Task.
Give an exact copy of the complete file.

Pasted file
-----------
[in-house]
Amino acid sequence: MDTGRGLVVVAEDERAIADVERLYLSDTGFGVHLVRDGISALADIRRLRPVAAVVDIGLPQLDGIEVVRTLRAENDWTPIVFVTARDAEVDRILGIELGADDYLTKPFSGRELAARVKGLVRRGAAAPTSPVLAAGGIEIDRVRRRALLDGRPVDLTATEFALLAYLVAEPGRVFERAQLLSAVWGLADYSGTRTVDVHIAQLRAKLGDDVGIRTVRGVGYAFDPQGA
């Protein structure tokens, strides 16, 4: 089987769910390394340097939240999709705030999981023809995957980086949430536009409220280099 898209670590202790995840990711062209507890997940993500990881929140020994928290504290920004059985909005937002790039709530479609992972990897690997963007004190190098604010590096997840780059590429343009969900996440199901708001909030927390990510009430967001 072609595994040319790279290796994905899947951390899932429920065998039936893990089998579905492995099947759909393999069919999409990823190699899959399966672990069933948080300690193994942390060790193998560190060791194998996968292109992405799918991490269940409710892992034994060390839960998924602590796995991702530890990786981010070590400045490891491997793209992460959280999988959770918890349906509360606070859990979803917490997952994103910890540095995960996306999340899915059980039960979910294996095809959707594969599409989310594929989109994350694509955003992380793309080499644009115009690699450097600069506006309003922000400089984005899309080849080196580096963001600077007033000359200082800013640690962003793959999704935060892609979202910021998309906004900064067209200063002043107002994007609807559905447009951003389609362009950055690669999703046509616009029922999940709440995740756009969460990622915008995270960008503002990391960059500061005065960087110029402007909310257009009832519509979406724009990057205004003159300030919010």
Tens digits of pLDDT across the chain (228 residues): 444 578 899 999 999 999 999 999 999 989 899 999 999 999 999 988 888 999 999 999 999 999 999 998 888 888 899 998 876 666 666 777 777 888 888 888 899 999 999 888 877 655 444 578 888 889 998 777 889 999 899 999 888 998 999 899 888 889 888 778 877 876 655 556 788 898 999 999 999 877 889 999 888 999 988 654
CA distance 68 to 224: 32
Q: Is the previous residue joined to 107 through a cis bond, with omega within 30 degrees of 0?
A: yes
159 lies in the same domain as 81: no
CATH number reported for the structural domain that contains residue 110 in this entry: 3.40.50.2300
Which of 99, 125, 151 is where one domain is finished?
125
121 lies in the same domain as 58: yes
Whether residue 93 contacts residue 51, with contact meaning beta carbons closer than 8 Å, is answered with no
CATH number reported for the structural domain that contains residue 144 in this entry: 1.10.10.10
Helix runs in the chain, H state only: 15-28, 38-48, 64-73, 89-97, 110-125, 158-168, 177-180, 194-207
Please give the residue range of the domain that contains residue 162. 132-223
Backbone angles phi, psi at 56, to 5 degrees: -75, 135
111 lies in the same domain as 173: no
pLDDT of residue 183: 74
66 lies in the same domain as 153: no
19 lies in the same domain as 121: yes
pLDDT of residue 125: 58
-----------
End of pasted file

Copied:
[in-house]
Amino acid sequence: MDTGRGLVVVAEDERAIADVERLYLSDTGFGVHLVRDGISALADIRRLRPVAAVVDIGLPQLDGIEVVRTLRAENDWTPIVFVTARDAEVDRILGIELGADDYLTKPFSGRELAARVKGLVRRGAAAPTSPVLAAGGIEIDRVRRRALLDGRPVDLTATEFALLAYLVAEPGRVFERAQLLSAVWGLADYSGTRTVDVHIAQLRAKLGDDVGIRTVRGVGYAFDPQGA
């Protein structure tokens, strides 16, 4: 089987769910390394340097939240999709705030999981023809995957980086949430536009409220280099 898209670590202790995840990711062209507890997940993500990881929140020994928290504290920004059985909005937002790039709530479609992972990897690997963007004190190098604010590096997840780059590429343009969900996440199901708001909030927390990510009430967001 072609595994040319790279290796994905899947951390899932429920065998039936893990089998579905492995099947759909393999069919999409990823190699899959399966672990069933948080300690193994942390060790193998560190060791194998996968292109992405799918991490269940409710892992034994060390839960998924602590796995991702530890990786981010070590400045490891491997793209992460959280999988959770918890349906509360606070859990979803917490997952994103910890540095995960996306999340899915059980039960979910294996095809959707594969599409989310594929989109994350694509955003992380793309080499644009115009690699450097600069506006309003922000400089984005899309080849080196580096963001600077007033000359200082800013640690962003793959999704935060892609979202910021998309906004900064067209200063002043107002994007609807559905447009951003389609362009950055690669999703046509616009029922999940709440995740756009969460990622915008995270960008503002990391960059500061005065960087110029402007909310257009009832519509979406724009990057205004003159300030919010």
Tens digits of pLDDT across the chain (228 residues): 444 578 899 999 999 999 999 999 999 989 899 999 999 999 999 988 888 999 999 999 999 999 999 998 888 888 899 998 876 666 666 777 777 888 888 888 899 999 999 888 877 655 444 578 888 889 998 777 889 999 899 999 888 998 999 899 888 889 888 778 877 876 655 556 788 898 999 999 999 877 889 999 888 999 988 654
CA distance 68 to 224: 32
Q: Is the previous residue joined to 107 through a cis bond, with omega within 30 degrees of 0?
A: yes
159 lies in the same domain as 81: no
CATH number reported for the structural domain that contains residue 110 in this entry: 3.40.50.2300
Which of 99, 125, 151 is where one domain is finished?
125
121 lies in the same domain as 58: yes
Whether residue 93 contacts residue 51, with contact meaning beta carbons closer than 8 Å, is answered with no
CATH number reported for the structural domain that contains residue 144 in this entry: 1.10.10.10
Helix runs in the chain, H state only: 15-28, 38-48, 64-73, 89-97, 110-125, 158-168, 177-180, 194-207
Please give the residue range of the domain that contains residue 162. 132-223
Backbone angles phi, psi at 56, to 5 degrees: -75, 135
111 lies in the same domain as 173: no
pLDDT of residue 183: 74
66 lies in the same domain as 153: no
19 lies in the same domain as 121: yes
pLDDT of residue 125: 58